18. AggNet: Deep Learning From Crowds for Mitosis Detection in Breast Cancer Histology Images.

    PubMed

    Albarqouni, Shadi; Baur, Christoph; Achilles, Felix; Belagiannis, Vasileios; Demirci, Stefanie; Navab, Nassir

    2016-05-01

    The lack of publicly available ground-truth data has been identified as the major challenge for transferring recent developments in deep learning to the biomedical imaging domain. Though crowdsourcing has enabled annotation of large scale databases for real world images, its application for biomedical purposes requires a deeper understanding and hence, more precise definition of the actual annotation task. The fact that expert tasks are being outsourced to non-expert users may lead to noisy annotations introducing disagreement between users. Despite being a valuable resource for learning annotation models from crowdsourcing, conventional machine-learning methods may have difficulties dealing with noisy annotations during training. In this manuscript, we present a new concept for learning from crowds that handle data aggregation directly as part of the learning process of the convolutional neural network (CNN) via additional crowdsourcing layer (AggNet). Besides, we present an experimental study on learning from crowds designed to answer the following questions. 1) Can deep CNN be trained with data collected from crowdsourcing? 2) How to adapt the CNN to train on multiple types of annotation datasets (ground truth and crowd-based)? 3) How does the choice of annotation and aggregation affect the accuracy? Our experimental setup involved Annot8, a self-implemented web-platform based on Crowdflower API realizing image annotation tasks for a publicly available biomedical image database. Our results give valuable insights into the functionality of deep CNN learning from crowd annotations and prove the necessity of data aggregation integration. PMID:26891484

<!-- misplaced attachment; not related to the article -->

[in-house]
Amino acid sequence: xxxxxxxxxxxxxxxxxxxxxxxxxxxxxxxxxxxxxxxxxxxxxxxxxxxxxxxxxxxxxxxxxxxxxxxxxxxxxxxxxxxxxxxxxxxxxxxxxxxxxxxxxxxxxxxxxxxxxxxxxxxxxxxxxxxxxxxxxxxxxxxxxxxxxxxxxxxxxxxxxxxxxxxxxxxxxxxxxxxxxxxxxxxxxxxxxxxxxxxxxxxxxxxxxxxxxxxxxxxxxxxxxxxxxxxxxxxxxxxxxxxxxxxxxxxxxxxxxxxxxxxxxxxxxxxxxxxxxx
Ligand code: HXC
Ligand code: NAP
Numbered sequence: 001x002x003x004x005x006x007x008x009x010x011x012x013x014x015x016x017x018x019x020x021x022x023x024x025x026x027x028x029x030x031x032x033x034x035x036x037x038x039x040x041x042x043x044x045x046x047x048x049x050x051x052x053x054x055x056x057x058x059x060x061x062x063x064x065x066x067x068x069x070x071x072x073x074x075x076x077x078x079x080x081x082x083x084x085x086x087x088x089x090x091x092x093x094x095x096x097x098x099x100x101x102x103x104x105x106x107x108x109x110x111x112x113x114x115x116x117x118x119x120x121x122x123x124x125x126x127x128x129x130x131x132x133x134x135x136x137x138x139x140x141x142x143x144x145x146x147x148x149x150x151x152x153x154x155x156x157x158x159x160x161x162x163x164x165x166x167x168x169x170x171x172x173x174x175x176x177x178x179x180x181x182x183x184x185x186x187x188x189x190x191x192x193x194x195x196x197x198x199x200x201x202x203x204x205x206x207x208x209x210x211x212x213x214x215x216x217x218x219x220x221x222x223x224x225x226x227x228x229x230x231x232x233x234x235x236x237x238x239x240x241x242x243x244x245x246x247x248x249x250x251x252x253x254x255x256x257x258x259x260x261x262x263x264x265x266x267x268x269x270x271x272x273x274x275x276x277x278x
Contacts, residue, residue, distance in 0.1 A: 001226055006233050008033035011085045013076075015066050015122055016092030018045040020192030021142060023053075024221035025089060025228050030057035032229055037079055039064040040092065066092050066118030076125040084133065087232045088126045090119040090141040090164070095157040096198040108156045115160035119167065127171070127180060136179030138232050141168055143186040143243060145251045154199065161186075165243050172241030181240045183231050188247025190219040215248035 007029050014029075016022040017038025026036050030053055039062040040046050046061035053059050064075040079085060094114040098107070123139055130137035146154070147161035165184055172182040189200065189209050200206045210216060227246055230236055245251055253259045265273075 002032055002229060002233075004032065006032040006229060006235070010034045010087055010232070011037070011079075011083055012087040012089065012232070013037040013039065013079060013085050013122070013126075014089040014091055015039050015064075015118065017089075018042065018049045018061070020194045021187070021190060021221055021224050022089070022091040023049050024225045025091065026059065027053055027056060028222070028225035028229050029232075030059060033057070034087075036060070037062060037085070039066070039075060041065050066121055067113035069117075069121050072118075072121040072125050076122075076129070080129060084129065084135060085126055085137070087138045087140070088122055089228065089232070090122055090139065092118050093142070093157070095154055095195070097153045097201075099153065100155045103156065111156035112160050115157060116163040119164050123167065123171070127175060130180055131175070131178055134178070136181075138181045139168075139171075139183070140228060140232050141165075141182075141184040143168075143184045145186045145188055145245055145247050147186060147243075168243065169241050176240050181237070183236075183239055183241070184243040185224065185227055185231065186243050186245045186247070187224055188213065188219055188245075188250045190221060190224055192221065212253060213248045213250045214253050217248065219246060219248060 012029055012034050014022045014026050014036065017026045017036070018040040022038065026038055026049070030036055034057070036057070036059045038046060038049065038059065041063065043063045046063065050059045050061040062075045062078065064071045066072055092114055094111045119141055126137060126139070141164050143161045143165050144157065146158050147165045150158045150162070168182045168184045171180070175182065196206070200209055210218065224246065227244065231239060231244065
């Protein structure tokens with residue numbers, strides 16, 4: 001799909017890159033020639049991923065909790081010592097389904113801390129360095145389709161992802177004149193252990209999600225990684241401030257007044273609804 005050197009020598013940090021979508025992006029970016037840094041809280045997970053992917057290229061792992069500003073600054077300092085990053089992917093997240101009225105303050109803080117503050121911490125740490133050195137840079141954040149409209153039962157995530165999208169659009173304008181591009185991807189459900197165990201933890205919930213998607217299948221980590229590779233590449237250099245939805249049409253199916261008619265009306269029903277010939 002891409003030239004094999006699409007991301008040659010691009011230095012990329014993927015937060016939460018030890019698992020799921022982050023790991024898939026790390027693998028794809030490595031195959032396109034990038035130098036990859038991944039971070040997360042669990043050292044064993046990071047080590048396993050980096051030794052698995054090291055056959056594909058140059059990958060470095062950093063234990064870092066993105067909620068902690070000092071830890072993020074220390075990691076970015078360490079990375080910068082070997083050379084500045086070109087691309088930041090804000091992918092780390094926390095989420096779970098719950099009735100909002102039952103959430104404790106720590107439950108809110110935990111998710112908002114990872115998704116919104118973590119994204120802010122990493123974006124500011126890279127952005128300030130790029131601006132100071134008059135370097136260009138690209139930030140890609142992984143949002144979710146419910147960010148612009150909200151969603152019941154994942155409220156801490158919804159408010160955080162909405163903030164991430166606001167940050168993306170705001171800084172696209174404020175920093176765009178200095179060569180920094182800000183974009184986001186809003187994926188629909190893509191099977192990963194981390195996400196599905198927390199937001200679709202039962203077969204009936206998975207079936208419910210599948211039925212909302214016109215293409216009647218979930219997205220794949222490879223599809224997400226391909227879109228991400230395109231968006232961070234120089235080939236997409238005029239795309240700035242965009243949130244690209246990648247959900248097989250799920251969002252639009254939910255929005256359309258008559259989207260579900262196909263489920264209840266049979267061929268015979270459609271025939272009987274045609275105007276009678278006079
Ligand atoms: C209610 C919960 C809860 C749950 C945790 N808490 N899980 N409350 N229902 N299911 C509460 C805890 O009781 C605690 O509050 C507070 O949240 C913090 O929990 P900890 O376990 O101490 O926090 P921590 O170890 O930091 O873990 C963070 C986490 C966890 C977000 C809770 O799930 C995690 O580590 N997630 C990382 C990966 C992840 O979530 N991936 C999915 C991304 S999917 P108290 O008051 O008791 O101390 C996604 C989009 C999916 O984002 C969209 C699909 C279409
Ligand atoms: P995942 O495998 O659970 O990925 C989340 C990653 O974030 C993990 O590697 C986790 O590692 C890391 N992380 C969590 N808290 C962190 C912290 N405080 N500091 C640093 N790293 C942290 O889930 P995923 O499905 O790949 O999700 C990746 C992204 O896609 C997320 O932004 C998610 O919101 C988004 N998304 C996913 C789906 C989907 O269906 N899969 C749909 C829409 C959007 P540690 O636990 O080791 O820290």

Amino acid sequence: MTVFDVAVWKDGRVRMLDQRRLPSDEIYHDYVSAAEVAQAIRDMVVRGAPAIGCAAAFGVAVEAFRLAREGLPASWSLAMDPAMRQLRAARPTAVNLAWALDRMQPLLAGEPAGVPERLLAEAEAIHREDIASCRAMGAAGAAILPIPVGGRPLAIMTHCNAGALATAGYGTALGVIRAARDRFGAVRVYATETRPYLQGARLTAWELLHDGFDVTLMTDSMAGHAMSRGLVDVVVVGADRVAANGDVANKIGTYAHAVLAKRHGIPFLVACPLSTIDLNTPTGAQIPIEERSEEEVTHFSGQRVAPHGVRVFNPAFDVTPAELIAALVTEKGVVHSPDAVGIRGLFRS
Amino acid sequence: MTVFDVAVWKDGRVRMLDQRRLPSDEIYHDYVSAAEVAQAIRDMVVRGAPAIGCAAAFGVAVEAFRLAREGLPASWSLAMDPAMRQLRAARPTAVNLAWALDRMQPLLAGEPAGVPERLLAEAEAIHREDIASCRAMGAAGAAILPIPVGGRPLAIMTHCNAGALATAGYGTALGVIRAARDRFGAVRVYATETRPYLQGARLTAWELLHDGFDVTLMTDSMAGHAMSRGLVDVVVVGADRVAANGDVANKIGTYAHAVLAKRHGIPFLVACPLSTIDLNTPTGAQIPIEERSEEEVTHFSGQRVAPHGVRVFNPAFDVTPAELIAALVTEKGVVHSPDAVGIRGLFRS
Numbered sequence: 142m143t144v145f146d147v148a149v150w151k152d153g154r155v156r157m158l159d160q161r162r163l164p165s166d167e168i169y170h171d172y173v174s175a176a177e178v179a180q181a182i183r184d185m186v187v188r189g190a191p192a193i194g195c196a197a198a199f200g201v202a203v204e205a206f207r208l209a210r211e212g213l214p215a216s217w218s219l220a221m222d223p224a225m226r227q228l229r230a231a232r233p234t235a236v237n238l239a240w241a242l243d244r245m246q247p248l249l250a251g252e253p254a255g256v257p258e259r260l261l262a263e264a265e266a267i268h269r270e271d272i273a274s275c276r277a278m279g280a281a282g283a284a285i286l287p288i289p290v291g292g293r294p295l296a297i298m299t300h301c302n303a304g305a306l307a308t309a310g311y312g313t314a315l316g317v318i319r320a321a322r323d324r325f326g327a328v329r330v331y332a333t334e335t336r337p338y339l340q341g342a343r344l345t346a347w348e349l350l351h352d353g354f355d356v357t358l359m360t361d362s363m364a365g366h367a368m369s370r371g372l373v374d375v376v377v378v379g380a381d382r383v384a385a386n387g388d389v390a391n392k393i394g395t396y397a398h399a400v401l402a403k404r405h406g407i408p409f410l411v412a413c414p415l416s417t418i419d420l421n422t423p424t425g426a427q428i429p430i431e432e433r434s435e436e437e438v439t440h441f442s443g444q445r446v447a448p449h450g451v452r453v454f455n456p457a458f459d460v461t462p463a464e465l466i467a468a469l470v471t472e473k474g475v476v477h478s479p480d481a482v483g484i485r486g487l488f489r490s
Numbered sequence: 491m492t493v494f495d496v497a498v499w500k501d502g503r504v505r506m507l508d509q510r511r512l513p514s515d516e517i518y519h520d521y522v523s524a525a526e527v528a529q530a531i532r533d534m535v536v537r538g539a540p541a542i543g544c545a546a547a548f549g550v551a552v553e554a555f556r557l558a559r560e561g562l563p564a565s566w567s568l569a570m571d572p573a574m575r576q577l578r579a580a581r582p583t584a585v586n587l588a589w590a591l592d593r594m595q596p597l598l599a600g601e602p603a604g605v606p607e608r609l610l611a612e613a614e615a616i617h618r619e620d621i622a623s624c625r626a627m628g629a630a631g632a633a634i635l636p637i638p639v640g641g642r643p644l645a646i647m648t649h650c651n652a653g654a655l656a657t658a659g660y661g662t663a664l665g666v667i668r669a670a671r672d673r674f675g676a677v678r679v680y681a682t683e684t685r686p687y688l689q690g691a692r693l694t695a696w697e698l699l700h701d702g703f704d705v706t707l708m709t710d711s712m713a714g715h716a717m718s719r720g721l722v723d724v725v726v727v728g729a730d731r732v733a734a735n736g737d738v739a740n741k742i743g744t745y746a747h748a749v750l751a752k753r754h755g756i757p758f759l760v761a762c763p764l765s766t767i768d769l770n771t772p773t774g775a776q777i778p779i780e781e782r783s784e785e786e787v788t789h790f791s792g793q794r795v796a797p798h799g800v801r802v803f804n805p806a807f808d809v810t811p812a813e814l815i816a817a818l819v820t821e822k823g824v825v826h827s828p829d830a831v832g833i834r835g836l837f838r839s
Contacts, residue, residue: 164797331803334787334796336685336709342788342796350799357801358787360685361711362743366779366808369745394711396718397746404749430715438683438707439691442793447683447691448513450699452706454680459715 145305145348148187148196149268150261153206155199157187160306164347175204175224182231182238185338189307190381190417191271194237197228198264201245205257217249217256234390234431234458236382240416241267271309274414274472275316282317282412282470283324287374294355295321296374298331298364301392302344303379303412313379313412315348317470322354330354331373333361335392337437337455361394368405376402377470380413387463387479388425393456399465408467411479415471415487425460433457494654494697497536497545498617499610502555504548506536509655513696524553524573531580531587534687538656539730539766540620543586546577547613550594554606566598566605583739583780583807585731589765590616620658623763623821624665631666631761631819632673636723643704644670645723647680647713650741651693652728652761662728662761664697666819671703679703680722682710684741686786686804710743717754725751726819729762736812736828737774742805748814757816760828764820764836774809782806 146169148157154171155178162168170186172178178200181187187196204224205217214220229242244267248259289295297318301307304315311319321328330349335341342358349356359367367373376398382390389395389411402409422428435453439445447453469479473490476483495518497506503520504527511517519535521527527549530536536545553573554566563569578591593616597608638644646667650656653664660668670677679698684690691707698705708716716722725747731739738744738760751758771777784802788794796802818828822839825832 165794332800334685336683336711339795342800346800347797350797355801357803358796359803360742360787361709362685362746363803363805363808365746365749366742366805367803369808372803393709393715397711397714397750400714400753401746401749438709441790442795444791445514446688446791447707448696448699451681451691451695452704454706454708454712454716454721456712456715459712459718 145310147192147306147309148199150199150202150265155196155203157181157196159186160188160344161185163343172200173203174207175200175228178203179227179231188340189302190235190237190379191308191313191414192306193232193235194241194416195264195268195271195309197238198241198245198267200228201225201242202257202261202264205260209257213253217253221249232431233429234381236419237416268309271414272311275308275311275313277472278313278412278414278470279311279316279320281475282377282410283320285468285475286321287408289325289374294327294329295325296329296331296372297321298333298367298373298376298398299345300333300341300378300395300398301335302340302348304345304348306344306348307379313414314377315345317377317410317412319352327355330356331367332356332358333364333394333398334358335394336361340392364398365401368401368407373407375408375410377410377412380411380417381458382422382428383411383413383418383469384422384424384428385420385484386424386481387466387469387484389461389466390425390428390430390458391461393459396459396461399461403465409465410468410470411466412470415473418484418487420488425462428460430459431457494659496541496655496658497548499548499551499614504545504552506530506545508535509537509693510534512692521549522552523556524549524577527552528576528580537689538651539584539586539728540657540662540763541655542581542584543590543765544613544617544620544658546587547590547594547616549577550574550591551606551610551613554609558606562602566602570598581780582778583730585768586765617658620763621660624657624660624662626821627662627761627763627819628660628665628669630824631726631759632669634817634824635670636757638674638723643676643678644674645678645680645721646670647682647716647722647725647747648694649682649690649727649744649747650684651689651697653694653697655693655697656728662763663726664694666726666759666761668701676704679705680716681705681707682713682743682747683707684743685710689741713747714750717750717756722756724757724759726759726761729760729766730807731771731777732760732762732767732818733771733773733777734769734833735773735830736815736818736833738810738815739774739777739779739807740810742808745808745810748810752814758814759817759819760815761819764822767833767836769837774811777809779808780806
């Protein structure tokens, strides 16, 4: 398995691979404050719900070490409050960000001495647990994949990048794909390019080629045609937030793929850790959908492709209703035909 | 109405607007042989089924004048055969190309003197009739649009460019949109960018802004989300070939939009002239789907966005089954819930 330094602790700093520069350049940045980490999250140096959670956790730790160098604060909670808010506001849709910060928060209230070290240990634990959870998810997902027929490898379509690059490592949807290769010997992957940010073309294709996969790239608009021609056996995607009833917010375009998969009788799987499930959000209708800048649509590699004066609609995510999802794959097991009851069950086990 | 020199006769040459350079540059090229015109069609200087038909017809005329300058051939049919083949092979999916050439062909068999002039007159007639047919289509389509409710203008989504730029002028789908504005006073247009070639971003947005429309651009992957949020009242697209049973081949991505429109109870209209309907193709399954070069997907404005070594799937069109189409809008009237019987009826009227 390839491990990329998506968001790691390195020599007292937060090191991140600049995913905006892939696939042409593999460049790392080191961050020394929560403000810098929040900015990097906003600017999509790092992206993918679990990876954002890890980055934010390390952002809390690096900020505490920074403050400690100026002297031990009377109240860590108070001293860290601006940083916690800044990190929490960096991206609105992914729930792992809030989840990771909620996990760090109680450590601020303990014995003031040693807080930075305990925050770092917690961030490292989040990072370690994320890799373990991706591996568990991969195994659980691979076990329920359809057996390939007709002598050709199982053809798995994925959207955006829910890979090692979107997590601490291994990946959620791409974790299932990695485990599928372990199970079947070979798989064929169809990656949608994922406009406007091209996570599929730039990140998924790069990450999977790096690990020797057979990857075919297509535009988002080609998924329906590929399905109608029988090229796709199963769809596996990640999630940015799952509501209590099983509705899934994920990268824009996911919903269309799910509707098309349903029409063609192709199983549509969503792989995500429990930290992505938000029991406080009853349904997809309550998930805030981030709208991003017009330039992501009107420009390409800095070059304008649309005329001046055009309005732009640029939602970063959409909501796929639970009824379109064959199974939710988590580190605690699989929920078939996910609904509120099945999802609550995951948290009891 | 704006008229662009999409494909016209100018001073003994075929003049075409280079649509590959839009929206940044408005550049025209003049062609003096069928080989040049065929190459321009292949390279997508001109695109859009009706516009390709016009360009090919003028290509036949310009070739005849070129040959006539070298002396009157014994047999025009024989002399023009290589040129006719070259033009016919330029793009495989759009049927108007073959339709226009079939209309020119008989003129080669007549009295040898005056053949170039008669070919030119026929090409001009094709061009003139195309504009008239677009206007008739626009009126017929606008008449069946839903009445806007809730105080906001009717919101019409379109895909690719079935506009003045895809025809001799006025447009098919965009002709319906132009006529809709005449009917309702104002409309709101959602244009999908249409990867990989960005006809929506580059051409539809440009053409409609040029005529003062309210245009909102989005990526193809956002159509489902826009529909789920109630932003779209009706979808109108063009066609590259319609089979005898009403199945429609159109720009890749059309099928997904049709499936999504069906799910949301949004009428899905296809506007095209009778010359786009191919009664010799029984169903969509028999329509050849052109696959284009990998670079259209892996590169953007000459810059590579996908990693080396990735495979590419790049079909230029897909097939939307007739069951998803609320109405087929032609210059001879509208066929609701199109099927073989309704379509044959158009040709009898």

19. Current puzzles and future possibilities

    SciTech Connect

    Nagamiya, S.

    1982-02-01

    Four current puzzles and several future experimental possibilities in high-energy nuclear collision research are discussed. These puzzles are (1) entropy, (2) hydrodynamic flow, (3) anomalon, and (4) particle emission at backward angles in proton-nucleus collisions. The last one seems not to be directly related to the subject of the present school. But it is, because particle emission into the region far beyond the nucleon-nucleon kinematical limit is an interesting subject common for both proton-nucleus and nucleus-nucleus collisions, and the basic mechanism involved is strongly related in these two cases. Future experimental possibilities are described which include: (1) possibilities of studying multibaryonic excited states, (2) applications of neutron-rich isotopes, and (3) other needed experimental tasks. 72 references.

  20. Construction-Paper Puzzle Masterpieces

    ERIC Educational Resources Information Center

    Vance, Shelly

    2010-01-01

    Creating an appreciation of art history in her junior-high students has always been one of the author's greatest challenges as an art teacher. In this article, the author describes how her eighth-grade students re-created a famous work of art--piece by piece, like a puzzle or a stained-glass window--out of construction paper. (Contains 1 resource.)

  1. Transmission of the FRAXA haplotype from three nonpenetrant brothers to their affected grandsons: an update with AGG interspersion analysis.

    PubMed

    Mogk, R L; Carson, N L; Chudley, A E; Dawson, A J

    1998-01-01